About The Mount Sinai Department of Orthopaedics

Mount Sinai’s Leni and Peter W. May Department of Orthopaedics stands out for its depth of expertise and individualized patient care. Faculty and staff invest the time to learn about their patients, ensuring that each receives the appropriate care from subspecialty-trained orthopaedists. Our expertise includes surgery of the foot and ankle, knee, hip, hand, elbow, shoulder, and spine; total joint replacement for knee, hip, foot, ankle, and shoulder; microvascular surgery; cancer surgery; minimally invasive surgery.

#Acupressure Points to Boost #Libido #GetYourSexyOn @skyyogastudio .com

Three Acupressure Points to Boost Libido

Dr. Edward Lamadrid Explains How to Bring Back Lost Libido with the Touch of Your Hand

Loss of libido can be caused by stress, diet, exercise, depression, or a number of other issues, and has the ability to wreck havoc on otherwise healthy relationships. For couples looking to take a holistic approach to bringing the libido back into their otherwise lackluster bedroom routine, Dr. Edward Lamadrid, DAOM, L. Ac., LMT, weighs in with three acupressure points to help put you back in the mood.

For couples that may be too timid to try acupuncture (needles aren’t for everyone!), Dr. Lamadrid recommends acupressure. A practice in traditional Chinese medicine, acupressure consists of stimulating specific points on the body, also called acupoints, with the finger or hand in order to help restore the body’s natural flow of energy. Dr. Lamadrid recommends incorporating the three following acupressure points into your daily routine (or a great foot massage) to help shift your sexual energy. For best results, perform these techniques daily, pressing and holding each point with your thumb or knuckle for around 60 seconds.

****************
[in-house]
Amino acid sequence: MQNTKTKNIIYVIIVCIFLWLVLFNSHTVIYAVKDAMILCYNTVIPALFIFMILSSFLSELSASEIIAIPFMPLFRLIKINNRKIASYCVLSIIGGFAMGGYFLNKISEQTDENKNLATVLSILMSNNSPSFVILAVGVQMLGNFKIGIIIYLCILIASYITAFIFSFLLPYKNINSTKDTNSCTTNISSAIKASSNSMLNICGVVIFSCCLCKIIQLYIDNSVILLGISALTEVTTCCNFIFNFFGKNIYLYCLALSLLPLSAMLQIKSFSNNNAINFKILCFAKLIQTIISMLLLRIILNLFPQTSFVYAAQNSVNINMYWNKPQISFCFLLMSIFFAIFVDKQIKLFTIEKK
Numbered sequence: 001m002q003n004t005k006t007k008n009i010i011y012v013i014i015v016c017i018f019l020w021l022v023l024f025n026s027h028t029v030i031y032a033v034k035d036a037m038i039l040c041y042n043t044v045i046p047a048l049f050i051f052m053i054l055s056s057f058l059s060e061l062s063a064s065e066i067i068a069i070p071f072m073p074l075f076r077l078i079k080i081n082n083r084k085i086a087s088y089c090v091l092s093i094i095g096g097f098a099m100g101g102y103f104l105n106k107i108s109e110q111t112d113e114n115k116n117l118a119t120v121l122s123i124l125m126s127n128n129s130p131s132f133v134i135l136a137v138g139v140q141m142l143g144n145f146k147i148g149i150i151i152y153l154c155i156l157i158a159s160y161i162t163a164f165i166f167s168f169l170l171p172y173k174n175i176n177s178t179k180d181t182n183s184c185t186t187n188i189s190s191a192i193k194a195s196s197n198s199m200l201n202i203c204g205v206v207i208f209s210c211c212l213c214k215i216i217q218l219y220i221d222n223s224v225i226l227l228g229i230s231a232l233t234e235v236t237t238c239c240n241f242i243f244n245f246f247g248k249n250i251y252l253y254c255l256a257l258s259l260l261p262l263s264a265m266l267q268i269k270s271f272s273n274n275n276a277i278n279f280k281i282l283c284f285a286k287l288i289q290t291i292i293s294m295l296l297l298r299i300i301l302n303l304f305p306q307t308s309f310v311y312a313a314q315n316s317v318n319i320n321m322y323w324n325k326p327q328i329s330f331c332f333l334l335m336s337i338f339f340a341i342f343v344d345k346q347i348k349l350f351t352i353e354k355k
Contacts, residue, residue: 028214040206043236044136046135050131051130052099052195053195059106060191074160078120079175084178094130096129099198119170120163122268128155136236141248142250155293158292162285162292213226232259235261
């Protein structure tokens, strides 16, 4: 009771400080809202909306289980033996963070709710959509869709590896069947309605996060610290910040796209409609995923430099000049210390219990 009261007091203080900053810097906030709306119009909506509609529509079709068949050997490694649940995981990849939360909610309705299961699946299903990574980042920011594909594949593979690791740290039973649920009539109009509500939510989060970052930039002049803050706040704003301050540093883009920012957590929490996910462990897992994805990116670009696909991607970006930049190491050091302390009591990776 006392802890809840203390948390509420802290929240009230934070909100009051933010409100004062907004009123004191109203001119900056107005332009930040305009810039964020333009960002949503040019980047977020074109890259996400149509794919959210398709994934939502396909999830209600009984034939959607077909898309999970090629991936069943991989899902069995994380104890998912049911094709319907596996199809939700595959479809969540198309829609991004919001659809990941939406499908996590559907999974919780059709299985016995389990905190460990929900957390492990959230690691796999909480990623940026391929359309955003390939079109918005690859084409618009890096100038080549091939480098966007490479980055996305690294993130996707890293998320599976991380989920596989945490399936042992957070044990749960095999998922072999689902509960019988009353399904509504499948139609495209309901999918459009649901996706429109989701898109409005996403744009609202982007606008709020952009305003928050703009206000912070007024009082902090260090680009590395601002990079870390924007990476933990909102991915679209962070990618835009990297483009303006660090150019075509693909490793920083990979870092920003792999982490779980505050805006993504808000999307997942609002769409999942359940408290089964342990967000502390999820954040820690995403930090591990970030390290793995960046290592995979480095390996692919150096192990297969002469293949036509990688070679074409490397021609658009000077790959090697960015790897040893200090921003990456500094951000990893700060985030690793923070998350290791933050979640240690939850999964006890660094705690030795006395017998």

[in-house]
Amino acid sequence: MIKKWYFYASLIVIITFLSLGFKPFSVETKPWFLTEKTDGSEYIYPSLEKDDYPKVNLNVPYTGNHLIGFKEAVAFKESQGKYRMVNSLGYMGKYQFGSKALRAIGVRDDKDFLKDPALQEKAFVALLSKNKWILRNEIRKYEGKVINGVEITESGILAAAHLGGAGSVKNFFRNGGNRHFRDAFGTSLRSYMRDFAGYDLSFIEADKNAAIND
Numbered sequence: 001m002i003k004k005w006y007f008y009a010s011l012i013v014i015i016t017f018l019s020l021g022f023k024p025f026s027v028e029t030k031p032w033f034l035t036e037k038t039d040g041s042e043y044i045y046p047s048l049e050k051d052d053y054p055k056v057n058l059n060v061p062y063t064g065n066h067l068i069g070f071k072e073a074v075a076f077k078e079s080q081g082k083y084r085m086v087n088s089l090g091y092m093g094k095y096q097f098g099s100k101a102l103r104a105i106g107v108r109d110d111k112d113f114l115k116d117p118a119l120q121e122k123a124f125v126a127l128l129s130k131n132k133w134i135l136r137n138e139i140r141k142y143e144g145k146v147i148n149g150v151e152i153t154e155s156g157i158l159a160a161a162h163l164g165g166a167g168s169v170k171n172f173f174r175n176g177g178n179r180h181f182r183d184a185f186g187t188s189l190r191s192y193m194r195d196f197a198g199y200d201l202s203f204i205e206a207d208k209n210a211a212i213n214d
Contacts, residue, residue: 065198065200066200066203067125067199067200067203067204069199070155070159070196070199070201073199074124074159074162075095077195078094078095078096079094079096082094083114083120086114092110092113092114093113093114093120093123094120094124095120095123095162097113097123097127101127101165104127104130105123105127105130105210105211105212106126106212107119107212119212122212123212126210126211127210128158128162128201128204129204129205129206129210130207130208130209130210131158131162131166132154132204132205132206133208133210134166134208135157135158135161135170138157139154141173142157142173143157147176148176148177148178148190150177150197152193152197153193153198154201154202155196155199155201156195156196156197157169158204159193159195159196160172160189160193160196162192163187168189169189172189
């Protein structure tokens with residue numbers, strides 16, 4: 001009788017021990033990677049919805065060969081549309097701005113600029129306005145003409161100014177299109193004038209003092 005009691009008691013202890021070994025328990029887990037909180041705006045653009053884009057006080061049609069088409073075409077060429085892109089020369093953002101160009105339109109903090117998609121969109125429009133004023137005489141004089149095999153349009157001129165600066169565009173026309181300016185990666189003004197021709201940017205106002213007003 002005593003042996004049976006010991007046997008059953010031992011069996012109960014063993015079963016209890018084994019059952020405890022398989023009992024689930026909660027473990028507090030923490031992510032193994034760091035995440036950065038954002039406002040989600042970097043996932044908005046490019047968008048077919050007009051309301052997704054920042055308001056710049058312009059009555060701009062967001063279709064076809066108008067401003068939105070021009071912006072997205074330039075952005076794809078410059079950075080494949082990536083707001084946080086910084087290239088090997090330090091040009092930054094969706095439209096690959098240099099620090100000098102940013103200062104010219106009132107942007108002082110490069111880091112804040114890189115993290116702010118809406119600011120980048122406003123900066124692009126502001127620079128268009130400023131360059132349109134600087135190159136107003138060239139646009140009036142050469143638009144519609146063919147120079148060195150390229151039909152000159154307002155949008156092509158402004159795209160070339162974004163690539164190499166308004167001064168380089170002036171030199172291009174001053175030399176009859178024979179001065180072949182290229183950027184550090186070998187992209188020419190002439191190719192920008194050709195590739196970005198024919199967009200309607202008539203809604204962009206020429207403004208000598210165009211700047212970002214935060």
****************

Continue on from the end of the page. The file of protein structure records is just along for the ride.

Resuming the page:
• San Yin Jiao– Find the inside anklebone, and from this area, go up three inches to the inside calf muscle. Press this point to help boost your drive!
  • Zu San Li – Sitting with your leg out straight, find the lower outside edge of the knee cap. Bring your hands down (towards the foot) about three inches. Pressing this point will give you more energy for the task at hand.
  • Tai Chong – On your foot, find the depression between your big toe and second toe. Begin by pressing lightly at this pressure point, but beware! It may be extremely tender if the individual is irritable.

“Though acupressure can be performed by a qualified massage therapist or acupuncturist, there are numerous exercises you can perform yourself or with your partner to help boost energy, libido, and overall mood,” says Dr. Lamadrid. “Acupressure is especially helpful for those who may be afraid of trying acupuncture, or would prefer to perform these techniques in the privacy of their own home.”

About Dr. Edward Lamadrid: Dr. Edward Lamadrid has been a massage therapist for the last 25 years. In that time, he has developed massage curriculum in both New York City and Chicago, and is a senior massage instructor. He is the co-author of a continuing education program known as Fascial Therapy. Dr. Lamadrid is also a doctor of acupuncture and oriental medicine (DAOM) and the founder of Integrative Health Studio in downtown Chicago. Dr. Lamadrid is a pioneer who has devoted over three decades to studying all forms of complementary and alternative medicine. He is one of approximately one hundred DAOMs in the country. His practice is located in downtown Chicago.